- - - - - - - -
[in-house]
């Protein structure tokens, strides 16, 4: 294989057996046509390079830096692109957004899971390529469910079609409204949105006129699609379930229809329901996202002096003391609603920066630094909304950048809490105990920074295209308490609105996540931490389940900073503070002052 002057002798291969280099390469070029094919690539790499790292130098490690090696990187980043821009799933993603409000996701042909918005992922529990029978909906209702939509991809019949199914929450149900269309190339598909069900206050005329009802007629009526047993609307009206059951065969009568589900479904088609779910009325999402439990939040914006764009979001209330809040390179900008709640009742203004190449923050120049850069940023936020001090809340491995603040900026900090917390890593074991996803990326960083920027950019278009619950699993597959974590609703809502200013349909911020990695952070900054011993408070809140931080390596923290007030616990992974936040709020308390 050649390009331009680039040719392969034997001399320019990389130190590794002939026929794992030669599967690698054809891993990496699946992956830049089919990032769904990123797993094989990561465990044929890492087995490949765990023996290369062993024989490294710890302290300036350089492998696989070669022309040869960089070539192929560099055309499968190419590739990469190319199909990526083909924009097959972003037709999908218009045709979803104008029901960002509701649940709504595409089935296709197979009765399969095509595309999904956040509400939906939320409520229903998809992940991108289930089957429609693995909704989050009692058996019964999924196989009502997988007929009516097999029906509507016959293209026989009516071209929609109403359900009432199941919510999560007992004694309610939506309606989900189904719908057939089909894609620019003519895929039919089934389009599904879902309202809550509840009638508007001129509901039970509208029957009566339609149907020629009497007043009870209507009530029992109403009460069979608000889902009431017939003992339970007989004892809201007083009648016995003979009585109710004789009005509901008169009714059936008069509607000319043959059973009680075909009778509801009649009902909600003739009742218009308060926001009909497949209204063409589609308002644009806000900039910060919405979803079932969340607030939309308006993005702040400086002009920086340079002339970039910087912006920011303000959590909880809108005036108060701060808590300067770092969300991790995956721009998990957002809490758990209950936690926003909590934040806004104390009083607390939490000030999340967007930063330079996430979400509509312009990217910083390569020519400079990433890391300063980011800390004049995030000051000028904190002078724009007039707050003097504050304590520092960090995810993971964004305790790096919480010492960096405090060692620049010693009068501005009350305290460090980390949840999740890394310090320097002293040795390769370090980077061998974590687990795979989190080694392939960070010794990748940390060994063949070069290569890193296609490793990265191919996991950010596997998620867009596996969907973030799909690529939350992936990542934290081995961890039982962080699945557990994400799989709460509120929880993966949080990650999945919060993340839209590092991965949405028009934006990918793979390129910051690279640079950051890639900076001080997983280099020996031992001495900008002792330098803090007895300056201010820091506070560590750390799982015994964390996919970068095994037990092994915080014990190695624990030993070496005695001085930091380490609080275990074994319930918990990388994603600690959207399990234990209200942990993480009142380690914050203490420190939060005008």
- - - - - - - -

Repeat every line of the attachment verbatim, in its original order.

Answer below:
[in-house]
């Protein structure tokens, strides 16, 4: 294989057996046509390079830096692109957004899971390529469910079609409204949105006129699609379930229809329901996202002096003391609603920066630094909304950048809490105990920074295209308490609105996540931490389940900073503070002052 002057002798291969280099390469070029094919690539790499790292130098490690090696990187980043821009799933993603409000996701042909918005992922529990029978909906209702939509991809019949199914929450149900269309190339598909069900206050005329009802007629009526047993609307009206059951065969009568589900479904088609779910009325999402439990939040914006764009979001209330809040390179900008709640009742203004190449923050120049850069940023936020001090809340491995603040900026900090917390890593074991996803990326960083920027950019278009619950699993597959974590609703809502200013349909911020990695952070900054011993408070809140931080390596923290007030616990992974936040709020308390 050649390009331009680039040719392969034997001399320019990389130190590794002939026929794992030669599967690698054809891993990496699946992956830049089919990032769904990123797993094989990561465990044929890492087995490949765990023996290369062993024989490294710890302290300036350089492998696989070669022309040869960089070539192929560099055309499968190419590739990469190319199909990526083909924009097959972003037709999908218009045709979803104008029901960002509701649940709504595409089935296709197979009765399969095509595309999904956040509400939906939320409520229903998809992940991108289930089957429609693995909704989050009692058996019964999924196989009502997988007929009516097999029906509507016959293209026989009516071209929609109403359900009432199941919510999560007992004694309610939506309606989900189904719908057939089909894609620019003519895929039919089934389009599904879902309202809550509840009638508007001129509901039970509208029957009566339609149907020629009497007043009870209507009530029992109403009460069979608000889902009431017939003992339970007989004892809201007083009648016995003979009585109710004789009005509901008169009714059936008069509607000319043959059973009680075909009778509801009649009902909600003739009742218009308060926001009909497949209204063409589609308002644009806000900039910060919405979803079932969340607030939309308006993005702040400086002009920086340079002339970039910087912006920011303000959590909880809108005036108060701060808590300067770092969300991790995956721009998990957002809490758990209950936690926003909590934040806004104390009083607390939490000030999340967007930063330079996430979400509509312009990217910083390569020519400079990433890391300063980011800390004049995030000051000028904190002078724009007039707050003097504050304590520092960090995810993971964004305790790096919480010492960096405090060692620049010693009068501005009350305290460090980390949840999740890394310090320097002293040795390769370090980077061998974590687990795979989190080694392939960070010794990748940390060994063949070069290569890193296609490793990265191919996991950010596997998620867009596996969907973030799909690529939350992936990542934290081995961890039982962080699945557990994400799989709460509120929880993966949080990650999945919060993340839209590092991965949405028009934006990918793979390129910051690279640079950051890639900076001080997983280099020996031992001495900008002792330098803090007895300056201010820091506070560590750390799982015994964390996919970068095994037990092994915080014990190695624990030993070496005695001085930091380490609080275990074994319930918990990388994603600690959207399990234990209200942990993480009142380690914050203490420190939060005008």